I.e., a E-M wave of velocity c − v0, as one would expect from classical relativity. However, several experiments have shown that the speed of light in vacuum is the same, c, irrespective of the velocity of the source or velocity of the reference frame.
Practically this implies that if Maxwell’s equations are valid in on inertial reference frame, then it should not be valid for an observer in any other non-trivial inertial reference frame. I.e., electrodynamics, as expressed in the form of Maxwell’s equations, must by valid only in some speciﬁc special reference frame. However, any attempt to locate this special frame was a failure.

1.3 Possible resolutions

There are three possible resolutions to the issue:

1. Mechanics is ﬁne and Galelian relativity is valid. But Maxwel l’s equations are wrong. If this is so then ﬁrst of all we must be able to show this experimentally, and hopefully correct the equations to the ones that show the symmetry.

2. Mechanics is ﬁne and Maxwel l’s equations are ﬁne. But the relativity principle does not exist for electrodynamics. If this is true then doing physics will be tough. For, we may have to write up diﬀerent equations for each geographical location or even each day. However, if this is indeed true we must be able to conﬁrm this experimentally.

Every eﬀort, running over several decades, along these two lines showed a negative result.

Maxwell’s equations were valid to the best of accuracy. The special reference frame could not be found. Curiously enough, as was mentioned earlier, the speed of light was found to be the same irrespective of the velocity of the source, or the observer2

3. Maxwel l’s equations are ﬁne and a relativity principle exists. But, the expressions as in Eq. (1.1) are wrong.
The third possibility was the one investigated by Einstein, and the one that resolved all issues.

The Special Theory

We shall deliberately ignore the chronological development of the theory 1, and start directly from the answer.

The Postulates

The resolution came in the form of two (just two!!) postulates.

PI. The principle of relativity: Laws of physics must be the same in all inertial reference frames.

Though this assertion may sound nothing new, it has to be appreciated that, ﬁrst of all, this is a postulate. Besides, the change is in its privilege, now as an apriori assertion.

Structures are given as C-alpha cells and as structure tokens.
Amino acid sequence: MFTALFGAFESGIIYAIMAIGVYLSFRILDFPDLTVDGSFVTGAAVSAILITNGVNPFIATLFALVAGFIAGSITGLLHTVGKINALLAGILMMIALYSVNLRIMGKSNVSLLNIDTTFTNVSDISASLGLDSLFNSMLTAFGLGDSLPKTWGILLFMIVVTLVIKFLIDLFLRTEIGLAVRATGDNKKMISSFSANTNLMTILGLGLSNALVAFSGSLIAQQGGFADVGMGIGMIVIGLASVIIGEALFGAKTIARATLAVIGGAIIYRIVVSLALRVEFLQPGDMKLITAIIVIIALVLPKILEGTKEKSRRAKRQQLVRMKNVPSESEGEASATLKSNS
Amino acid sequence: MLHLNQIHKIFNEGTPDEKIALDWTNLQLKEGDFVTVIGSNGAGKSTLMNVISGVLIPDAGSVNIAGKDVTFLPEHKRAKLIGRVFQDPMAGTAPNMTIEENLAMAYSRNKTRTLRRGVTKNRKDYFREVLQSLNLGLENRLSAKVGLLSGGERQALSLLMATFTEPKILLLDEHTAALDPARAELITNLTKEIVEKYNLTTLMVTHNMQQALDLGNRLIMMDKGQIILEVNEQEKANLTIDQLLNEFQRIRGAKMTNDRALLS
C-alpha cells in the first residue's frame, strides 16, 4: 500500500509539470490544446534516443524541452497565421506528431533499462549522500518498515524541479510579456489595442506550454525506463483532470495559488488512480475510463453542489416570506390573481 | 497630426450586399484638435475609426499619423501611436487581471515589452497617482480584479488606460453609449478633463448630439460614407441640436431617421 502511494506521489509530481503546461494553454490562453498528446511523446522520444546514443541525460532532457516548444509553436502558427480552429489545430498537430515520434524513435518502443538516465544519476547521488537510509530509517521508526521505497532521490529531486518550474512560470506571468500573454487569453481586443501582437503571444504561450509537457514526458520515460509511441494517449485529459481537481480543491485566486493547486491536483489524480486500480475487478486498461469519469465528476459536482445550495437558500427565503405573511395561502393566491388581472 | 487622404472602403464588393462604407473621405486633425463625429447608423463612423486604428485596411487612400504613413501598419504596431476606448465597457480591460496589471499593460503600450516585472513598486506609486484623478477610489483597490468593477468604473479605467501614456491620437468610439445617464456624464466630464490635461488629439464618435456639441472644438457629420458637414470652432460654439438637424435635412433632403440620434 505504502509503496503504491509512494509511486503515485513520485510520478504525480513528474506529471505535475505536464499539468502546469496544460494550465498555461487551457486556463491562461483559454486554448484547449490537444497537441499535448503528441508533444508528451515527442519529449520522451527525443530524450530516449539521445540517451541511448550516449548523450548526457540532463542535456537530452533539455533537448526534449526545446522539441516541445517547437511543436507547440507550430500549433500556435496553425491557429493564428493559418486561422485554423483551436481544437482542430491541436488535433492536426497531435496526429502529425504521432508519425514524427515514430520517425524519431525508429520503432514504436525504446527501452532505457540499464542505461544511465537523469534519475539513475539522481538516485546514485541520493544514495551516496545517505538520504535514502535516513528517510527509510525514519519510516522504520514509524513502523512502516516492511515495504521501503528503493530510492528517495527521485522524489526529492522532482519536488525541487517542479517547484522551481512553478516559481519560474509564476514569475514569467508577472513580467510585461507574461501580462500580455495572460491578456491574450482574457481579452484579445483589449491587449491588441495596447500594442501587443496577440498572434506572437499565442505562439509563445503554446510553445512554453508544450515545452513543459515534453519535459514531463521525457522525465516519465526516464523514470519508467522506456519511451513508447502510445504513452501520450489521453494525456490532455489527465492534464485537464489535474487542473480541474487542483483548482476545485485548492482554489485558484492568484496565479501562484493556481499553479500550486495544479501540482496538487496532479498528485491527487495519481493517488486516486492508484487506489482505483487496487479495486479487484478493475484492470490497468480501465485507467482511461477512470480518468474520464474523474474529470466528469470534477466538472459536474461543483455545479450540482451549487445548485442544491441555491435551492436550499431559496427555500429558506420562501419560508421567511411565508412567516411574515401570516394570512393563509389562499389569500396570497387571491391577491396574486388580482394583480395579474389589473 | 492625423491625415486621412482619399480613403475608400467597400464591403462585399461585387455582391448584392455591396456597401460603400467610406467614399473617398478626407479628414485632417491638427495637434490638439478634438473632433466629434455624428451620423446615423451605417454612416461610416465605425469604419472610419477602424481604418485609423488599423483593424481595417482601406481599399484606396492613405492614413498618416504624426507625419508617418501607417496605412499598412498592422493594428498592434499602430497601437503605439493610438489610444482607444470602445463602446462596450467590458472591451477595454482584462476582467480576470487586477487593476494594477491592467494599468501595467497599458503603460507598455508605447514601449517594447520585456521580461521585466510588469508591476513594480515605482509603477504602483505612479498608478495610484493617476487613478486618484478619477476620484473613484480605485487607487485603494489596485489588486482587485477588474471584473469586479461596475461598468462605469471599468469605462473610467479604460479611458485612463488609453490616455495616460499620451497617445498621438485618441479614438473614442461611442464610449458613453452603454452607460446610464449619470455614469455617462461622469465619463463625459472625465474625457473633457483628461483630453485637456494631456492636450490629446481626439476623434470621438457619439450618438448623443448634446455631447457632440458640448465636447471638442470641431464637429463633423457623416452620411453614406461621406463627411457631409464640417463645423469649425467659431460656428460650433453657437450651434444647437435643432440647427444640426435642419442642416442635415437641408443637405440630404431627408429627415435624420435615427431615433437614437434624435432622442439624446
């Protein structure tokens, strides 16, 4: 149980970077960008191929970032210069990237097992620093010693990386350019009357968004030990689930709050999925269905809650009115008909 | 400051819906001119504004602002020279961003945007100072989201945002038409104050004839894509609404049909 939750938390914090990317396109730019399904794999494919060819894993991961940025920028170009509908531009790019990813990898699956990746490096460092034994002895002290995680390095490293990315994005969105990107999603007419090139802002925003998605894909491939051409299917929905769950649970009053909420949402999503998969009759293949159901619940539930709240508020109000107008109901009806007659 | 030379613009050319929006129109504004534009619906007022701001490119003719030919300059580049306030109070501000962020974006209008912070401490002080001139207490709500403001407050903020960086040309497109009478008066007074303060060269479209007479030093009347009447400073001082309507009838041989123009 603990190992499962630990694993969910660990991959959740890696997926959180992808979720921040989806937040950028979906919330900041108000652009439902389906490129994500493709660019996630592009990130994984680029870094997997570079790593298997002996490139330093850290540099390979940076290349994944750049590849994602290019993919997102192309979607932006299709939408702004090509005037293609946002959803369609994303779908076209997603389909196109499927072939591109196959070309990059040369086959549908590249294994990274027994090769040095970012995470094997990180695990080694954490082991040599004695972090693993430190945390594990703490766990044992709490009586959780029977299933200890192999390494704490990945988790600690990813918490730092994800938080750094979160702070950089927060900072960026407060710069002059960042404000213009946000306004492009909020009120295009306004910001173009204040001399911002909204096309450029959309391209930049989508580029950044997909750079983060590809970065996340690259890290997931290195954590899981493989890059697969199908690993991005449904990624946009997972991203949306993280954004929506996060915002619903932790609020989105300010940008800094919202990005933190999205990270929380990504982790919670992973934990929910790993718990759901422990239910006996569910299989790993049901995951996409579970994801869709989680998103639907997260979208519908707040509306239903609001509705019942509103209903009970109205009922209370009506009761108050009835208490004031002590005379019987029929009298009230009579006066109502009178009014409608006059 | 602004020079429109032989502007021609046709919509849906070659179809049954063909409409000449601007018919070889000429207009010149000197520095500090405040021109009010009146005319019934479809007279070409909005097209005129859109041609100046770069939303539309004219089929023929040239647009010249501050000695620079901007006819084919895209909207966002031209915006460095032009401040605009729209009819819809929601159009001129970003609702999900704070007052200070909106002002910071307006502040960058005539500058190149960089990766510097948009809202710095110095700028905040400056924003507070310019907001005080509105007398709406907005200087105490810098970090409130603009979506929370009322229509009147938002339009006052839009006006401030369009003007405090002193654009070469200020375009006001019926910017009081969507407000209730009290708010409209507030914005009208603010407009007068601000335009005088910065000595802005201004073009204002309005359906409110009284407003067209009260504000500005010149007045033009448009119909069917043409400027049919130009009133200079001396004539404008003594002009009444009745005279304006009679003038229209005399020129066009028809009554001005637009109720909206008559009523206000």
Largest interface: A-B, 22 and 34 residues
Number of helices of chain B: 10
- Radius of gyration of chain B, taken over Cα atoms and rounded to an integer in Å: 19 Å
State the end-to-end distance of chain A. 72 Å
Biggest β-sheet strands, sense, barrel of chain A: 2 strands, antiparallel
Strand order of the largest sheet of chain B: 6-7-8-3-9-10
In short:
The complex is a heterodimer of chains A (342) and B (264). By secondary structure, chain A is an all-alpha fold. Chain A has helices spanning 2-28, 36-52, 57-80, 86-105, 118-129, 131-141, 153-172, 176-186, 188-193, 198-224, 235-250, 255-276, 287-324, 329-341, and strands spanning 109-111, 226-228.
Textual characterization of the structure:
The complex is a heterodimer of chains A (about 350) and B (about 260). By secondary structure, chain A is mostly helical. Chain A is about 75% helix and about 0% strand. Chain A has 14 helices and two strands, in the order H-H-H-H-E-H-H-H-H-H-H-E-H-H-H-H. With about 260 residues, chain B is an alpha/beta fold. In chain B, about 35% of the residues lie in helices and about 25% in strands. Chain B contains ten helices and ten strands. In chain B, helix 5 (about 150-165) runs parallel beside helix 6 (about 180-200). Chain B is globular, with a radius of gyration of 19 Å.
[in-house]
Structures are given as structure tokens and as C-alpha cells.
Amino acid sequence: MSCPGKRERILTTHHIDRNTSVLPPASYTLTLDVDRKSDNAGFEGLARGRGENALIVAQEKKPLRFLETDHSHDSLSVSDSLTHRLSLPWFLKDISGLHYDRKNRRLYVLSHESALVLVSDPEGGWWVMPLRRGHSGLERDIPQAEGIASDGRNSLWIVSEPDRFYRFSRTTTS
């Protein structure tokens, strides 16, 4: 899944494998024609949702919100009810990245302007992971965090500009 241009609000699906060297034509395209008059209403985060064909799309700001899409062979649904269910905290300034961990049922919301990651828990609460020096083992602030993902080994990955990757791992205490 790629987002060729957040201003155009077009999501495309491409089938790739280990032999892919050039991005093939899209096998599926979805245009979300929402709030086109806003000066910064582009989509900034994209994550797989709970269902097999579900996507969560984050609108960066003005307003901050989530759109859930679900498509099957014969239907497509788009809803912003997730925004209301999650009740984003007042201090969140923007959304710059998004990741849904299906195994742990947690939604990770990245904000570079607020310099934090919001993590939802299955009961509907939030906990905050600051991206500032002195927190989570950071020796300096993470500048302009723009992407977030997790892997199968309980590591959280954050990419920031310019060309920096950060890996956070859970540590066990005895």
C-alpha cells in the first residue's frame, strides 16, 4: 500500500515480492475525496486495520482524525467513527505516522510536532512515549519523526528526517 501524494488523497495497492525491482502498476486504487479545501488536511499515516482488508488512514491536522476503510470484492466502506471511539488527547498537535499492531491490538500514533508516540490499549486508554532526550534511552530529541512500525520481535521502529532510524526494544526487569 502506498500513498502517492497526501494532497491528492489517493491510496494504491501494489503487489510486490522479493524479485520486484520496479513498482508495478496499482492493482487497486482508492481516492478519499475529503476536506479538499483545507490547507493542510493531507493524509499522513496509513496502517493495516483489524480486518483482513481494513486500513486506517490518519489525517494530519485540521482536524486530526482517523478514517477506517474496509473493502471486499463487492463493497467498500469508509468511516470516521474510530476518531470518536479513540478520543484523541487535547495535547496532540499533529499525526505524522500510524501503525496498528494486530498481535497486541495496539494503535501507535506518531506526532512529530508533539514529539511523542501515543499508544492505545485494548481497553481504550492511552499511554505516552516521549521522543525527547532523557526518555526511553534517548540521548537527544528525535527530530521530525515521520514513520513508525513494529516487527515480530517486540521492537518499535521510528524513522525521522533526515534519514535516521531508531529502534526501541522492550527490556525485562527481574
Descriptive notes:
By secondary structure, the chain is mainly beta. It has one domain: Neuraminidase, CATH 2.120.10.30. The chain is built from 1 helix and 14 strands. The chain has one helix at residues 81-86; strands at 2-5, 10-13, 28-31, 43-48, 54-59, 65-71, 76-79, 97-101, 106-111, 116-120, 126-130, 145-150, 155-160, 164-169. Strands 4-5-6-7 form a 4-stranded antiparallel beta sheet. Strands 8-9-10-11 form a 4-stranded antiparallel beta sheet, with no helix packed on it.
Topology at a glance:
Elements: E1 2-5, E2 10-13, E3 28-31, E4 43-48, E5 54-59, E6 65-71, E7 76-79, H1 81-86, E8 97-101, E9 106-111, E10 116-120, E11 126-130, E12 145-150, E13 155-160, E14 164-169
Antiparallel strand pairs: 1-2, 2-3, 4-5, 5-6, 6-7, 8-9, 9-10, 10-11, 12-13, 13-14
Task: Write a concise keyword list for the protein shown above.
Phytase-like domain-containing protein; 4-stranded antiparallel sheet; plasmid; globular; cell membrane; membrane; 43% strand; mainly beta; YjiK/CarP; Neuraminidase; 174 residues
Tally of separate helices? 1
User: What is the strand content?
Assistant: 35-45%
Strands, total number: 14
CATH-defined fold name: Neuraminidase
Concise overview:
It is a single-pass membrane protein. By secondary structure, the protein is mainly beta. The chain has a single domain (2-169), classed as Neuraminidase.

The second postulate brings in some fundamental changes in our notion of space and time.
While the following sections in this chapter are devoted to a more detailed discussion on these aspects, we shall brieﬂy deﬁne the bare minimum ﬁrst, just enough material to state the postulate.
The special theory forces us to look upon space and time not independently, but as a space-time continuum. Just as we speak of a point in 3-space given by 3-coordinates, we have Events(noun) designated by 4 coordinates - 3 spacial and 1 temporal. Thus we have a 4-dimensional space-time, and every space-time point is deﬁned as an ’Event’. For a start it may be convenent to think of these Events as usual events(verb).
Consider two Events in space-time, say (say two ﬁrecrackers bursting in the sky at two diﬀerent points at diﬀerent times). Contrary to our usual notion that time intervals are independently invariant in any reference frame, we have

PII. The space time interval between two Events, deﬁned as (2.1)

is an invariant in any inertial reference frame, where ′c′ is a universal constant whose value is roughly 3 × 10m/s.

I.e., if the same two events are in another inertial reference frame designated by the space-time coordinates = 1, 2, then The speed of light happens to be ′c′.
The remaining part of the course will be conﬁned to convincing ourselves that the special theory does indeed resolve the issues discussed in the previous chapter, and make the relevant changes in Newtonian mechanics. However, as mentioned earlier, PII changes our notion of space and time fundamentally. This chapter will detail these changes.